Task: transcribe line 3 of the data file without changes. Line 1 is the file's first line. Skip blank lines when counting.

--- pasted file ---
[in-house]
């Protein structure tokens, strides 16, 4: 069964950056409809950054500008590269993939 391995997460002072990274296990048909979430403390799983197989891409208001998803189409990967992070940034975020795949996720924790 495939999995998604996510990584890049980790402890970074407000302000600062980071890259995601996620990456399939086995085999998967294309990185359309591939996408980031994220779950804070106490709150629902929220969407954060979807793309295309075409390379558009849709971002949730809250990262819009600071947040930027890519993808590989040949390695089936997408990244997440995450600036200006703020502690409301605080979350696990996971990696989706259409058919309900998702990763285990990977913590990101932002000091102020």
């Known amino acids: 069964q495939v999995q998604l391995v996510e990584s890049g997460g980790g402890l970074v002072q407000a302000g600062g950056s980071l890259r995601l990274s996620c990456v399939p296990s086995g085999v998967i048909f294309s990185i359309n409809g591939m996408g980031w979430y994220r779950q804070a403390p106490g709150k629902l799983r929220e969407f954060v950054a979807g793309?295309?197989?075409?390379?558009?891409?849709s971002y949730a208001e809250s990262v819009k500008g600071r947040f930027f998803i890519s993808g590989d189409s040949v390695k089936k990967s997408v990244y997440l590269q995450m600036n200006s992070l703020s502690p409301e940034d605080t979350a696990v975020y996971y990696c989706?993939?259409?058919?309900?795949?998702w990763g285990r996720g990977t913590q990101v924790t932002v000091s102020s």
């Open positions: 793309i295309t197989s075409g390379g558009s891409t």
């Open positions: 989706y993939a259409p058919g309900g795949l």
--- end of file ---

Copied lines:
């Known amino acids: 069964q495939v999995q998604l391995v996510e990584s890049g997460g980790g402890l970074v002072q407000a302000g600062g950056s980071l890259r995601l990274s996620c990456v399939p296990s086995g085999v998967i048909f294309s990185i359309n409809g591939m996408g980031w979430y994220r779950q804070a403390p106490g709150k629902l799983r929220e969407f954060v950054a979807g793309?295309?197989?075409?390379?558009?891409?849709s971002y949730a208001e809250s990262v819009k500008g600071r947040f930027f998803i890519s993808g590989d189409s040949v390695k089936k990967s997408v990244y997440l590269q995450m600036n200006s992070l703020s502690p409301e940034d605080t979350a696990v975020y996971y990696c989706?993939?259409?058919?309900?795949?998702w990763g285990r996720g990977t913590q990101v924790t932002v000091s102020s």